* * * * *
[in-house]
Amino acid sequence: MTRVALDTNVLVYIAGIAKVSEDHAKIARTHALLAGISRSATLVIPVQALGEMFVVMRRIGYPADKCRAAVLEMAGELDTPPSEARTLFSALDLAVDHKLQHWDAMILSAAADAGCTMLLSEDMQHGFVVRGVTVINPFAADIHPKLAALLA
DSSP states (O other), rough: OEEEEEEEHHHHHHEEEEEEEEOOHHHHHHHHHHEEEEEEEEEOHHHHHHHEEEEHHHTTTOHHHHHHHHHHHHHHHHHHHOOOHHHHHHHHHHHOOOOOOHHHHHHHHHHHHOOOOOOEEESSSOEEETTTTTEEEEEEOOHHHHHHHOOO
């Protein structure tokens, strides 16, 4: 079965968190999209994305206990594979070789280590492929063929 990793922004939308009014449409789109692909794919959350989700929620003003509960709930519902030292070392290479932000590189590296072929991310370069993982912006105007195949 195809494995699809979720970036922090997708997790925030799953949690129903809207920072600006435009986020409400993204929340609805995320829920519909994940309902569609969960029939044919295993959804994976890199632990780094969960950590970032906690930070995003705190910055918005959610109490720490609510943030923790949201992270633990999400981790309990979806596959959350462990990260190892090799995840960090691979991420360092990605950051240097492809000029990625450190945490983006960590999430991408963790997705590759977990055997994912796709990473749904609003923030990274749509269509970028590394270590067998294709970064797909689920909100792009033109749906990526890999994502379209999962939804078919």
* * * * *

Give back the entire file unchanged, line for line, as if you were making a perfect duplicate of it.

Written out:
[in-house]
Amino acid sequence: MTRVALDTNVLVYIAGIAKVSEDHAKIARTHALLAGISRSATLVIPVQALGEMFVVMRRIGYPADKCRAAVLEMAGELDTPPSEARTLFSALDLAVDHKLQHWDAMILSAAADAGCTMLLSEDMQHGFVVRGVTVINPFAADIHPKLAALLA
DSSP states (O other), rough: OEEEEEEEHHHHHHEEEEEEEEOOHHHHHHHHHHEEEEEEEEEOHHHHHHHEEEEHHHTTTOHHHHHHHHHHHHHHHHHHHOOOHHHHHHHHHHHOOOOOOHHHHHHHHHHHHOOOOOOEEESSSOEEETTTTTEEEEEEOOHHHHHHHOOO
């Protein structure tokens, strides 16, 4: 079965968190999209994305206990594979070789280590492929063929 990793922004939308009014449409789109692909794919959350989700929620003003509960709930519902030292070392290479932000590189590296072929991310370069993982912006105007195949 195809494995699809979720970036922090997708997790925030799953949690129903809207920072600006435009986020409400993204929340609805995320829920519909994940309902569609969960029939044919295993959804994976890199632990780094969960950590970032906690930070995003705190910055918005959610109490720490609510943030923790949201992270633990999400981790309990979806596959959350462990990260190892090799995840960090691979991420360092990605950051240097492809000029990625450190945490983006960590999430991408963790997705590759977990055997994912796709990473749904609003923030990274749509269509970028590394270590067998294709970064797909689920909100792009033109749906990526890999994502379209999962939804078919």